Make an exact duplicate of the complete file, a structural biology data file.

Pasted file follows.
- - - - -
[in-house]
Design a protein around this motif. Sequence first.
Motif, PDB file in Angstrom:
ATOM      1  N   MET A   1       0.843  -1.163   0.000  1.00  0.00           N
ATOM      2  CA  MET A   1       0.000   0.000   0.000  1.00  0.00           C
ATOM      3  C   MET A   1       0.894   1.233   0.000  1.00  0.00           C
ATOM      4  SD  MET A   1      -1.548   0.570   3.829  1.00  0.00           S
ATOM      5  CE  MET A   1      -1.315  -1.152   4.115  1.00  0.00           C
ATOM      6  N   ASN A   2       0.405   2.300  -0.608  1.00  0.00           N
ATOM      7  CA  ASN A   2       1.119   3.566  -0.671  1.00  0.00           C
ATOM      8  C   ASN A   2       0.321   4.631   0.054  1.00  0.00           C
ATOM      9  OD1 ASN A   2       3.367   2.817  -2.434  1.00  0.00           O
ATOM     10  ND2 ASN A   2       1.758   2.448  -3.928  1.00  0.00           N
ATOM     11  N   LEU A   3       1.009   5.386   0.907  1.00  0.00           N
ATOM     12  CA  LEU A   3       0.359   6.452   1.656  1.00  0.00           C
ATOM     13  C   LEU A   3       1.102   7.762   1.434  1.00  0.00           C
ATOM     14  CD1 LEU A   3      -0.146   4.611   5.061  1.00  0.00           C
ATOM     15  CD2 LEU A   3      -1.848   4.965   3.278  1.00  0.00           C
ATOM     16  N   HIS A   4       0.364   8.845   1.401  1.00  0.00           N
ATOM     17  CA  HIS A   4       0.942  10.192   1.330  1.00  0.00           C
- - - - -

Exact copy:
[in-house]
Design a protein around this motif. Sequence first.
Motif, PDB file in Angstrom:
ATOM      1  N   MET A   1       0.843  -1.163   0.000  1.00  0.00           N
ATOM      2  CA  MET A   1       0.000   0.000   0.000  1.00  0.00           C
ATOM      3  C   MET A   1       0.894   1.233   0.000  1.00  0.00           C
ATOM      4  SD  MET A   1      -1.548   0.570   3.829  1.00  0.00           S
ATOM      5  CE  MET A   1      -1.315  -1.152   4.115  1.00  0.00           C
ATOM      6  N   ASN A   2       0.405   2.300  -0.608  1.00  0.00           N
ATOM      7  CA  ASN A   2       1.119   3.566  -0.671  1.00  0.00           C
ATOM      8  C   ASN A   2       0.321   4.631   0.054  1.00  0.00           C
ATOM      9  OD1 ASN A   2       3.367   2.817  -2.434  1.00  0.00           O
ATOM     10  ND2 ASN A   2       1.758   2.448  -3.928  1.00  0.00           N
ATOM     11  N   LEU A   3       1.009   5.386   0.907  1.00  0.00           N
ATOM     12  CA  LEU A   3       0.359   6.452   1.656  1.00  0.00           C
ATOM     13  C   LEU A   3       1.102   7.762   1.434  1.00  0.00           C
ATOM     14  CD1 LEU A   3      -0.146   4.611   5.061  1.00  0.00           C
ATOM     15  CD2 LEU A   3      -1.848   4.965   3.278  1.00  0.00           C
ATOM     16  N   HIS A   4       0.364   8.845   1.401  1.00  0.00           N
ATOM     17  CA  HIS A   4       0.942  10.192   1.330  1.00  0.00           C